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Britain’s First Black Women Footballer - A case of mistaken identity?

Emma Clarke is in the centre of the back row

There is little doubt about the name of England’s first Black women footballer. Her name was Emma Clarke. The problem is which Emma Clarke?
On 23 March 1895 the British Ladies FC, the first Women’s Association football club, organised a match in Crouch End, London between two teams – (London) North and (London) South. The match was watched by 10,000 spectators.
This match is generally held to be the first organised women's football match in England under Association rules. This is may not be strictly true; women's teams had existed as early as the 1880's. It was, however, the first game to be played in such prestigious surroundings, and witnessed by such a large crowd. After this first match, the teams toured the country during April and May 1895.
One of the players for London South was Emma Clarke. Her sister Florence also played in this team. Newspaper reports refer to Emma’s “swarthy” complexion and as the “fleet footed dark girl on the right wing” (the South Wales Daily News).
It was originally thought Emma learnt her footballing skills on the cobbled streets of Bootle, Liverpool. A census entry for an Emma Clarke living in Bootle with her parents and siblings, including a Florence, had been found. In 2017, the Guardian reported the discovery of Emma’s Bootle roots. On the the internet this story was repeated and has became something of an urban legend. Wikipedia still claims that Emma (the footballer) was born in Bootle, and was working as an apprentice confectioner at the age of 15.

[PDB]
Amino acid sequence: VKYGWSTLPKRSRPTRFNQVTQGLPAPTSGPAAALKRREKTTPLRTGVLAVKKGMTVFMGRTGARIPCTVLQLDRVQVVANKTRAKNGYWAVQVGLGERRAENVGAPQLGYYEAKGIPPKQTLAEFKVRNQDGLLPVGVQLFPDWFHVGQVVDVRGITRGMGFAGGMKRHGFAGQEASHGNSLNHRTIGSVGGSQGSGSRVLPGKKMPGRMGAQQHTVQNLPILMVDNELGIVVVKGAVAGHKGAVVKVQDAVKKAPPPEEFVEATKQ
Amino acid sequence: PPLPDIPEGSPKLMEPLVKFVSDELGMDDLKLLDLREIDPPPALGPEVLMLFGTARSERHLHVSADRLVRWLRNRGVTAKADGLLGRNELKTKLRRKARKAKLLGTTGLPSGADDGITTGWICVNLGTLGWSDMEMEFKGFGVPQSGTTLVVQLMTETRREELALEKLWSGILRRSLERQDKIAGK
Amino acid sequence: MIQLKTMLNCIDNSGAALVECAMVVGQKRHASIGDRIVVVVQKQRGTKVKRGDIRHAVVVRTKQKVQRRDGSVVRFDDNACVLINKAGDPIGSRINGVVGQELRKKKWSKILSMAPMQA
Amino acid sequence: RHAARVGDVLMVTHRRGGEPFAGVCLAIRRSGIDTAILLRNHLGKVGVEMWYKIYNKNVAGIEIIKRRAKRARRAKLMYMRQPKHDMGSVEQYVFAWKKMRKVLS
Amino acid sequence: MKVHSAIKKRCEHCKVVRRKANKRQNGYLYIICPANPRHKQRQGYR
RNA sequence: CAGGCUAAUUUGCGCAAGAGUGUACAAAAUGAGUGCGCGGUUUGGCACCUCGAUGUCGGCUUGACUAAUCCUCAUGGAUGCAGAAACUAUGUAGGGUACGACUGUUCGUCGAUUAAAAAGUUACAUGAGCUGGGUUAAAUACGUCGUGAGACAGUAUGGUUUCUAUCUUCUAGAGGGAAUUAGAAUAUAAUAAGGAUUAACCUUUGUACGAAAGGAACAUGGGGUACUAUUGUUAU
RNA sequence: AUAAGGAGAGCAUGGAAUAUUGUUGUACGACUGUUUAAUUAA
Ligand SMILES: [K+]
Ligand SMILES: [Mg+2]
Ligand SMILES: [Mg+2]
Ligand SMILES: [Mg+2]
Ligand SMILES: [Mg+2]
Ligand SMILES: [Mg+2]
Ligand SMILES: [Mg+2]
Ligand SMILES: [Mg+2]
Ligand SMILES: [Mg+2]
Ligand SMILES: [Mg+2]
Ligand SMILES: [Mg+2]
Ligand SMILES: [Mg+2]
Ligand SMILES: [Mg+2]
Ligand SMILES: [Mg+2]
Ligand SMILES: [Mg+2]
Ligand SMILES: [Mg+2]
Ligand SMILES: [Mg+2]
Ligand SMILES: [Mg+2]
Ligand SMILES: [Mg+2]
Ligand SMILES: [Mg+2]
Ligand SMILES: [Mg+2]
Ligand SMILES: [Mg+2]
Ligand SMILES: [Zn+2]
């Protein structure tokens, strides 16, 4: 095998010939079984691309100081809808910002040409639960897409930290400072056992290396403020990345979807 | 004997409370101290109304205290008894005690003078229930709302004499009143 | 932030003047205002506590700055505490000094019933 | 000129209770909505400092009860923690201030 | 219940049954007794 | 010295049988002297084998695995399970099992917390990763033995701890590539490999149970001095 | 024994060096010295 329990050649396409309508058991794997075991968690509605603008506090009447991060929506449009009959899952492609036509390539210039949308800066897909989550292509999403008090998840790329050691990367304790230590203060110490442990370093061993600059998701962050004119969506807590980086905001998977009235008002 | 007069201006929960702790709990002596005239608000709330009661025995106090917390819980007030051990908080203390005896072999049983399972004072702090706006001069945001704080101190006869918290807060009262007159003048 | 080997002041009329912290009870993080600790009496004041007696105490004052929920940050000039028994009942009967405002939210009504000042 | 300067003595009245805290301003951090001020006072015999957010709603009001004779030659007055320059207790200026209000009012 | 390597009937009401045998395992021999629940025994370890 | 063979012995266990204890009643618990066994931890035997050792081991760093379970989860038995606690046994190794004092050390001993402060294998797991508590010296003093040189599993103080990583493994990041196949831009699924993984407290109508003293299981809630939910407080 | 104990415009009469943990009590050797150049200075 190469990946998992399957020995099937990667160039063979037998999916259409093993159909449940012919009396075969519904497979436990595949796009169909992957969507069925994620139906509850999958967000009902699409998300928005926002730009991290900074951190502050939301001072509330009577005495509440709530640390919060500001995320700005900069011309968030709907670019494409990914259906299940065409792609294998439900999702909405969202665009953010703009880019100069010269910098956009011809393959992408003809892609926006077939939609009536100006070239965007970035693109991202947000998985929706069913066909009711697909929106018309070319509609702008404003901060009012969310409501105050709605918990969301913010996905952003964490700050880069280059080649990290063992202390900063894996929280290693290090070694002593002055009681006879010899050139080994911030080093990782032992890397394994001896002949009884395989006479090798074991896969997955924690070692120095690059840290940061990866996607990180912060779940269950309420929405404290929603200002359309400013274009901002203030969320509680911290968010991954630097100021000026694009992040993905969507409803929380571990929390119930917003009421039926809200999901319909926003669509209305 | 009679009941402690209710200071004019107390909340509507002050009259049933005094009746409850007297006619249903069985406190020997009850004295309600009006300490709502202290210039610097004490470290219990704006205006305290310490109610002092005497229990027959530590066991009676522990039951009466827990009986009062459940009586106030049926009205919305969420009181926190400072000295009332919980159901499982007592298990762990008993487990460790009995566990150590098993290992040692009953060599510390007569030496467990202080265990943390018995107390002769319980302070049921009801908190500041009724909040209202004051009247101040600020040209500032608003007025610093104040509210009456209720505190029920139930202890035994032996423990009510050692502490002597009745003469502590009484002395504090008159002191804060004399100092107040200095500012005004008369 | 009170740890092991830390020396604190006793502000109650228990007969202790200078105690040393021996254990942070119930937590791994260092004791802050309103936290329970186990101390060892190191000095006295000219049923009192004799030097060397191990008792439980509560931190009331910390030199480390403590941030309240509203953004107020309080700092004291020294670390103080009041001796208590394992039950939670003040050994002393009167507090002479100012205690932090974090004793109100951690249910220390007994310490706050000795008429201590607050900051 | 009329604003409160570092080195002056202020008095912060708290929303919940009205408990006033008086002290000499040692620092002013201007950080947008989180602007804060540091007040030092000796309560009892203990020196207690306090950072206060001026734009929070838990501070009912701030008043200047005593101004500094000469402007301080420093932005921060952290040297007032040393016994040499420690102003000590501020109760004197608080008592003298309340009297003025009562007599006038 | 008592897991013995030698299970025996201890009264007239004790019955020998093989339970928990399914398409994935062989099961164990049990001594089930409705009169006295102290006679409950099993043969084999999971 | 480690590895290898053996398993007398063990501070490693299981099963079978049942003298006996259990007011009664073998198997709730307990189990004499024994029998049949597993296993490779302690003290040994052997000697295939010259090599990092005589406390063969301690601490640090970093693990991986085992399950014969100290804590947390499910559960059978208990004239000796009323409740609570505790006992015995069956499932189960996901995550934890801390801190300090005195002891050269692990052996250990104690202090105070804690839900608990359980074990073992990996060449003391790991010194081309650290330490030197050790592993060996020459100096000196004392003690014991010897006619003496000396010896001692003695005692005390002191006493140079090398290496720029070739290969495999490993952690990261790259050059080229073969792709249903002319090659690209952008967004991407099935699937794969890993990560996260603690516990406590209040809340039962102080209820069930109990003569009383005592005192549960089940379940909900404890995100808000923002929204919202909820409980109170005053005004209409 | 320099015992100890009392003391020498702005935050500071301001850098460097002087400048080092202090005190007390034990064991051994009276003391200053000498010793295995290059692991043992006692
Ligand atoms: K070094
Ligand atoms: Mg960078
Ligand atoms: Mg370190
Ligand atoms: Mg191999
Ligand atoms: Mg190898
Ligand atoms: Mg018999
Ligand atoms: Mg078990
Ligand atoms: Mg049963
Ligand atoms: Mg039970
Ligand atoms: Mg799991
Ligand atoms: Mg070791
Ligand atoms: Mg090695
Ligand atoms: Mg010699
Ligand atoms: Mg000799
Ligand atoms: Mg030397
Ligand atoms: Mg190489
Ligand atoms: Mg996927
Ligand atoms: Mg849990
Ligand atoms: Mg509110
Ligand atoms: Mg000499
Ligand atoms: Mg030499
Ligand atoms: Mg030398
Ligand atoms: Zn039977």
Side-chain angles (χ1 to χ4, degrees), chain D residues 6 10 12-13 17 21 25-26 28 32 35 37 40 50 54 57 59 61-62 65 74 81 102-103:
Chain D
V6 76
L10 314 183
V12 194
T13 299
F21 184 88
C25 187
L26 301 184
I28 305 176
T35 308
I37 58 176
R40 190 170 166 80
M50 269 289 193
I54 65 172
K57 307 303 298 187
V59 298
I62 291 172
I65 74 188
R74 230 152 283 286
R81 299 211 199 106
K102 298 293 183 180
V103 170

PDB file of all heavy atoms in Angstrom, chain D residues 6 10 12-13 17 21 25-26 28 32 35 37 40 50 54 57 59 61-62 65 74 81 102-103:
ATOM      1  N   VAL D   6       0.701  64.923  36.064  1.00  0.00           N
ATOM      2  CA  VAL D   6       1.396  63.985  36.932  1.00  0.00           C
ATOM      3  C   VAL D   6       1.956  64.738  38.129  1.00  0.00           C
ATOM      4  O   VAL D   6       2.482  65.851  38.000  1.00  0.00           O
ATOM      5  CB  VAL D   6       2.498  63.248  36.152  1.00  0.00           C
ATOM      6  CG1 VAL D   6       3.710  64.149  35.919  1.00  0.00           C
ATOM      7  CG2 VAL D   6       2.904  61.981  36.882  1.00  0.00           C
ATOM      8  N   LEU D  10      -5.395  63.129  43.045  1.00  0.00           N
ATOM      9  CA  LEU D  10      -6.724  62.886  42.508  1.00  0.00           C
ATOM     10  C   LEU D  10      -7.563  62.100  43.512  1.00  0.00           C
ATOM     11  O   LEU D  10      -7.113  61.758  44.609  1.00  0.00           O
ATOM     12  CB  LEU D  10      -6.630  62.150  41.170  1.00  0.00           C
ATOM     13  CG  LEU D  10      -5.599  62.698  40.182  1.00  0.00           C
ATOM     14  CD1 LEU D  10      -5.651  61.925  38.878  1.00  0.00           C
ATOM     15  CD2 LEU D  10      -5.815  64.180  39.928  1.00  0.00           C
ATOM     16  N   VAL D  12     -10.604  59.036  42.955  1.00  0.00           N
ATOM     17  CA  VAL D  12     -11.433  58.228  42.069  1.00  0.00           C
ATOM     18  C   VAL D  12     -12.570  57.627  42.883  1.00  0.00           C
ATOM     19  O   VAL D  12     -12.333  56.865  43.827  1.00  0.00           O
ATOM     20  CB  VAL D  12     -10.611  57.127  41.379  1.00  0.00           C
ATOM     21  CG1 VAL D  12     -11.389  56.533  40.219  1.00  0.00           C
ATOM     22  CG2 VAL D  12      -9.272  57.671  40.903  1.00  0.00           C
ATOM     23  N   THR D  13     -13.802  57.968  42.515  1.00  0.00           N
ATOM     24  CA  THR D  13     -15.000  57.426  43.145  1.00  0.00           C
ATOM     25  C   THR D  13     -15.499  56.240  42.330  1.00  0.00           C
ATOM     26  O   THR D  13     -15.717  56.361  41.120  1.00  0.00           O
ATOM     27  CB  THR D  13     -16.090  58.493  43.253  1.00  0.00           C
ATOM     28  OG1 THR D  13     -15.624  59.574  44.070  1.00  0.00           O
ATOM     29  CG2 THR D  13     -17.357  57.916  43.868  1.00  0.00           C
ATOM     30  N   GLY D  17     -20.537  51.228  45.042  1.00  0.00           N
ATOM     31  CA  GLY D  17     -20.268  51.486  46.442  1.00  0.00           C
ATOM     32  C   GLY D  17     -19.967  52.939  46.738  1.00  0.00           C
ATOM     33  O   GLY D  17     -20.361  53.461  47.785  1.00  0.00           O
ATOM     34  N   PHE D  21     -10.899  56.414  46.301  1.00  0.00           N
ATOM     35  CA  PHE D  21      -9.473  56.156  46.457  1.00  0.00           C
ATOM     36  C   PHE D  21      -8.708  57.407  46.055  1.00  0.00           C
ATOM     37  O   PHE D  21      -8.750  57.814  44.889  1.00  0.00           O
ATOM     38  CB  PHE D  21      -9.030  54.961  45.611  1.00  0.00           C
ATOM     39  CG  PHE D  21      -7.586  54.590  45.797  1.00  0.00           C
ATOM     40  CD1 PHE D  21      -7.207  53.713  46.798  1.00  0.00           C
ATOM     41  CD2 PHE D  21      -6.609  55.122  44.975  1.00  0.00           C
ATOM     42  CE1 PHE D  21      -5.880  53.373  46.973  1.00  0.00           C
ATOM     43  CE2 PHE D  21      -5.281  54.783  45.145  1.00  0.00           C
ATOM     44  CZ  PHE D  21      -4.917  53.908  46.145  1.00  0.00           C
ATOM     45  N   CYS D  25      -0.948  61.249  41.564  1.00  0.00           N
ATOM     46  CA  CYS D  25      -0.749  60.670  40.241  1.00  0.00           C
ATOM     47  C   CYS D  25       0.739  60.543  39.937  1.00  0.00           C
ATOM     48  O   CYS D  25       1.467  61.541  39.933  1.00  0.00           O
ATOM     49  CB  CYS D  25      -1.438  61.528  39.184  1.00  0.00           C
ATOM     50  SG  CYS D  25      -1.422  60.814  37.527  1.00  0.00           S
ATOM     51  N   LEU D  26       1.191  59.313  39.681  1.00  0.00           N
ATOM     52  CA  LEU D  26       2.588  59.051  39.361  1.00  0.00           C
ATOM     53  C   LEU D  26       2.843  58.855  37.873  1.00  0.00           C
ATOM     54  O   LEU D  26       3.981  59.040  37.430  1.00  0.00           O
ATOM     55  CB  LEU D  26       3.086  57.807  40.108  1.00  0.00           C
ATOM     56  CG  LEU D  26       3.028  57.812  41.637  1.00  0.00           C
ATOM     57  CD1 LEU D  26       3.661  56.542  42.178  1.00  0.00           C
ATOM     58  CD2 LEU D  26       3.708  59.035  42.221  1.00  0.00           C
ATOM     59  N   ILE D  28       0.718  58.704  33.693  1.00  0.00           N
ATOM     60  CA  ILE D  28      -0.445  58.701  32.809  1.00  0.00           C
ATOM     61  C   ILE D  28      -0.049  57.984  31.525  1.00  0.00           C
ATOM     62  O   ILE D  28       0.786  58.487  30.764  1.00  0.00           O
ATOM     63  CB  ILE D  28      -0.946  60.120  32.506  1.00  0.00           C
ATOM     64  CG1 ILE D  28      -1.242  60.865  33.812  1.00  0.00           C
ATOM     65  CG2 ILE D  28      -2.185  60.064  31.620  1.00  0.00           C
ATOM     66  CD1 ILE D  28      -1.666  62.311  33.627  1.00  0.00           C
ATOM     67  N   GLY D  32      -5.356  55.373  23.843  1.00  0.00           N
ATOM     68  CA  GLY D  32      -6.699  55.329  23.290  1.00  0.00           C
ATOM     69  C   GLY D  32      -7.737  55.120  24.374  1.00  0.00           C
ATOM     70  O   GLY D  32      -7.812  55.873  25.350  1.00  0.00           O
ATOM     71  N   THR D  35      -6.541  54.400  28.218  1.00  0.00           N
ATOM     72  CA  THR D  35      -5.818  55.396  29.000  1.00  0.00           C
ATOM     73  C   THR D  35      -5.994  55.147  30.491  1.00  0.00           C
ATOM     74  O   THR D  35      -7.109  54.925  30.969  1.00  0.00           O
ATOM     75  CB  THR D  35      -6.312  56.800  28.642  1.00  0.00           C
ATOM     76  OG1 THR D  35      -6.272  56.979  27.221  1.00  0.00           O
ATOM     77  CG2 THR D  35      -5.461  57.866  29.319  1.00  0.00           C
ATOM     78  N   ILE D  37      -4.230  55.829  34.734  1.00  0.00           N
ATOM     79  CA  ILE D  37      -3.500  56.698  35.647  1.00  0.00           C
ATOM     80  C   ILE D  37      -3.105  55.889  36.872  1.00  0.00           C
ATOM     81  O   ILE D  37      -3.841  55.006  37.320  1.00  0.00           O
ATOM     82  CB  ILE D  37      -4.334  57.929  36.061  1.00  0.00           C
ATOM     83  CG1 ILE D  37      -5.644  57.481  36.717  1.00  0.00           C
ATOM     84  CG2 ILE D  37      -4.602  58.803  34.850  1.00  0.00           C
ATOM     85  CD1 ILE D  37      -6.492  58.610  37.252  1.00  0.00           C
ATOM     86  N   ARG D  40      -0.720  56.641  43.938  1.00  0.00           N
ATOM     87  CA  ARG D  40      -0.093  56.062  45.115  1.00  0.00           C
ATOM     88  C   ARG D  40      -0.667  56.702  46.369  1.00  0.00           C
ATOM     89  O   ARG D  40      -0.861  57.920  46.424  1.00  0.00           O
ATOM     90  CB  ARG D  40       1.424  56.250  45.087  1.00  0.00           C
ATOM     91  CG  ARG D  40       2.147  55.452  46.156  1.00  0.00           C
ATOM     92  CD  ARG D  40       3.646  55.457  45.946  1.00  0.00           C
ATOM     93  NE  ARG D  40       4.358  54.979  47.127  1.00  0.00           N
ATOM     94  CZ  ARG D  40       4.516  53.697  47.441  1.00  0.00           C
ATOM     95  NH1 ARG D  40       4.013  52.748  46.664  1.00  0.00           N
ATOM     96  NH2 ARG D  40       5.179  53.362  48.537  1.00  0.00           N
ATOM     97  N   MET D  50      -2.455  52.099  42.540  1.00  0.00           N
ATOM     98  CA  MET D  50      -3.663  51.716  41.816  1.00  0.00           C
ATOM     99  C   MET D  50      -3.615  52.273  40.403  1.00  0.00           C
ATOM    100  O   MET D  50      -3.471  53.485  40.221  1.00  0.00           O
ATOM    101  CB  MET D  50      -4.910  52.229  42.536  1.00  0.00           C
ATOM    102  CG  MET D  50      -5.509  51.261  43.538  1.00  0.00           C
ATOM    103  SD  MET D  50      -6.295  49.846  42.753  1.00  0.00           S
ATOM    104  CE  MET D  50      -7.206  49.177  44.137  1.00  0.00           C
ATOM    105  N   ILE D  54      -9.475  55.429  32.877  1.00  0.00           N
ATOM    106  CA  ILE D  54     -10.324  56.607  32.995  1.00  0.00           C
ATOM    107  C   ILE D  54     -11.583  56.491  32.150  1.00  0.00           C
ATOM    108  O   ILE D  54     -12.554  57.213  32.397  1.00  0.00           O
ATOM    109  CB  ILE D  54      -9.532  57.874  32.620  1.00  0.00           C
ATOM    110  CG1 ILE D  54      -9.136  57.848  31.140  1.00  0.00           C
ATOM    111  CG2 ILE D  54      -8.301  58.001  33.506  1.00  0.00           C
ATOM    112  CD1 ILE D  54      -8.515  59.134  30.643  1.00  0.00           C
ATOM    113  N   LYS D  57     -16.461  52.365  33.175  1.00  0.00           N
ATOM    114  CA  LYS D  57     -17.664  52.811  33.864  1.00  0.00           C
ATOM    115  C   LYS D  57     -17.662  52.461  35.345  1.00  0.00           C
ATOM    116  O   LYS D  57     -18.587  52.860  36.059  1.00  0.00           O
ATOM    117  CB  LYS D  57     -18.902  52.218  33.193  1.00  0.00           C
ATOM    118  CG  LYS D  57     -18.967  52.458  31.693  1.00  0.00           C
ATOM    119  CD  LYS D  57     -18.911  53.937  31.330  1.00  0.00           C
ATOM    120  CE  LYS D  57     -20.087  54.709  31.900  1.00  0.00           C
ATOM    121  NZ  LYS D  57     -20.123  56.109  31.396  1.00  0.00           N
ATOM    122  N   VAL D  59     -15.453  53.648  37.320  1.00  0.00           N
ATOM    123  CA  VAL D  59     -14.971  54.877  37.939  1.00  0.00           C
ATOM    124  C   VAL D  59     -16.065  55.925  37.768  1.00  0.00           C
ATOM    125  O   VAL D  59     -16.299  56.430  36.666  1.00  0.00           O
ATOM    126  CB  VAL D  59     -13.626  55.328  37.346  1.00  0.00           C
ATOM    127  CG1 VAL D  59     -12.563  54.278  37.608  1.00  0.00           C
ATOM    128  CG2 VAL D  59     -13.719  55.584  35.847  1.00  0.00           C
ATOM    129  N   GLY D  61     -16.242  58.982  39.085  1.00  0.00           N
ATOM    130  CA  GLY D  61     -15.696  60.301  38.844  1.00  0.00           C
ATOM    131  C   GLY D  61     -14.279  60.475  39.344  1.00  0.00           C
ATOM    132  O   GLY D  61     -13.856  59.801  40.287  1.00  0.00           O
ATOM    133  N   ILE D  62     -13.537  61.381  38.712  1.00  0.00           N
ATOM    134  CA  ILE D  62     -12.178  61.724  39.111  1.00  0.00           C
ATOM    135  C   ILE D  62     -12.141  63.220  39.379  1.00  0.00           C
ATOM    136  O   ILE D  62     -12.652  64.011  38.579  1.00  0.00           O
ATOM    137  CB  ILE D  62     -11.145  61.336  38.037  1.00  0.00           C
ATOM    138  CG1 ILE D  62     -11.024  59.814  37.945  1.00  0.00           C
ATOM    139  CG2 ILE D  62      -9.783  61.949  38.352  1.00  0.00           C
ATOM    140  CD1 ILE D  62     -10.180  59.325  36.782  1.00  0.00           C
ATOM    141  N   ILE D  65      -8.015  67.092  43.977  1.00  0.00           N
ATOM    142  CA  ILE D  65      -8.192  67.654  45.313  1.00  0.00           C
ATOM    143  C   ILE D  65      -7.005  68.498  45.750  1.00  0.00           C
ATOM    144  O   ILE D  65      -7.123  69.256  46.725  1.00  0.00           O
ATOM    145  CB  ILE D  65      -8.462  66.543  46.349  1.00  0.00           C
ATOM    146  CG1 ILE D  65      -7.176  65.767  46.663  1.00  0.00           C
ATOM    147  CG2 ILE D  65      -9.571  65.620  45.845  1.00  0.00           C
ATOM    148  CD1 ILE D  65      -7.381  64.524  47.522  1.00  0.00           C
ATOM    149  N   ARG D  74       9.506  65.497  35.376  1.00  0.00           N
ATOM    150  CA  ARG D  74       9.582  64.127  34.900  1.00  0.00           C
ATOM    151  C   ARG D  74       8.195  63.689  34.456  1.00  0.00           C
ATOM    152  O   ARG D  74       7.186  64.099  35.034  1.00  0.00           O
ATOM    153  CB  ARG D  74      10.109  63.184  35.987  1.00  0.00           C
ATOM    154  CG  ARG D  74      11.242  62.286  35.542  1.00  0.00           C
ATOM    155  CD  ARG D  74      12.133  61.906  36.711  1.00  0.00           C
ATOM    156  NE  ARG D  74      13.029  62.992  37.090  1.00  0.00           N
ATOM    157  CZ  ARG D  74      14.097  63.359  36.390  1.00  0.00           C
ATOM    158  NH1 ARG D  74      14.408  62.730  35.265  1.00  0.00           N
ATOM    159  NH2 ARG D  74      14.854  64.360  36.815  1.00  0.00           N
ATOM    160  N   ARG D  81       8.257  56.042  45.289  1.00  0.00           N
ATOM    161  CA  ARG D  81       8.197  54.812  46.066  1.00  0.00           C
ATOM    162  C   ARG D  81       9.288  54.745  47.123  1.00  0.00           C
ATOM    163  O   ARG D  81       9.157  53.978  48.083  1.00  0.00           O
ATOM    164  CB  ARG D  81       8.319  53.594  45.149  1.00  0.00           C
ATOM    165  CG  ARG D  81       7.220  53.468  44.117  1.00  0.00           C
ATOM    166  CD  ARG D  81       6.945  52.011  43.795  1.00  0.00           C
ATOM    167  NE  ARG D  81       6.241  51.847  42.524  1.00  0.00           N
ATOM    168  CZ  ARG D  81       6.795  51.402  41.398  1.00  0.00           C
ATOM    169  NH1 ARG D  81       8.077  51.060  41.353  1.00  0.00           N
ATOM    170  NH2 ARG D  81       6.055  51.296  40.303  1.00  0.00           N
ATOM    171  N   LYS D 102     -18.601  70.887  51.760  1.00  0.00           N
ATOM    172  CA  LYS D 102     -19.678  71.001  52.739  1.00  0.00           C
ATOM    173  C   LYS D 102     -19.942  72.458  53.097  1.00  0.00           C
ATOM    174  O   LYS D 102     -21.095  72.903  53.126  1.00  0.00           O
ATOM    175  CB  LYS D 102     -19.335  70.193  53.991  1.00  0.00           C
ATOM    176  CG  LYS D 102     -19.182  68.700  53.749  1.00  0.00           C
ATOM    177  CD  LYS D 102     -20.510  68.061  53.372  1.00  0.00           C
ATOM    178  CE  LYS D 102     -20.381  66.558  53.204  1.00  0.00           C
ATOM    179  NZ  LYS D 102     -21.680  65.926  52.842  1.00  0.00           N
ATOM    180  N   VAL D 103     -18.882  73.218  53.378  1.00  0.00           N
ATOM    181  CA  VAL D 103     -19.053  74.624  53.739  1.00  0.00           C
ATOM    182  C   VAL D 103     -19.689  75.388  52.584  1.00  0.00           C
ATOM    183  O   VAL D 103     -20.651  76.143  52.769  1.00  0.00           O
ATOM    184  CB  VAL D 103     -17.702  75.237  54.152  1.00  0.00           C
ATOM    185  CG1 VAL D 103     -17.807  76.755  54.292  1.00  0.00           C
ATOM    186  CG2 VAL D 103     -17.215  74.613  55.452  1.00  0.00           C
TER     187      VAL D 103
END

But then, new evidence came to light. It turns out another Emma Clerk with a sister called Florence, was born in Plumstead on the 2 December 1871. One contemporary report mentioned the footballing sisters were from Plumstead. This was confirmed by an article in the Kentish Independent published in 1949 to mark Florence's golden wedding. It reported that, before her marriage, Florence “had been gaining a name in soccer circles as a member of the British Ladies football team, for whom she played at inside right. The team toured England, Ireland, Scotland and Wales, and in the north played a number of men's teams.” A family descendant recalled that his grandmother told him a story of an affair which led to a mixed race child. He was told that this heritage showed in the footballing sisters’ generation and particularly in Emma.
Within a couple of years, the football club had effectively disbanded and the Clarke sisters settled down to conventional lives and domesticity. In 1899 Emma married Thomas Porter, a labourer with the local council, and they had two children, Ethel and Charlie. They continued to live locally but sadly Emma died in 1925, aged just 53. Florence married George Carver in 1899, a footballer who played left back with Arsenal (or Woolwich Arsenal, as they then were). They spent their lives in Plumstead, where Florence died in 1955.
So, it is pretty conclusive there has been a case of mistaken identity. The footballing Emma was from Plumstead, which means the final score is Liverpool 0 Plumstead 1.

It is planned that the next issue of NWLH journal (available Autumn 2021) will have a fuller article on Emma Clarke and the early history of Women’s Football in Britain – both its successes and its struggle against sexism and misogyny.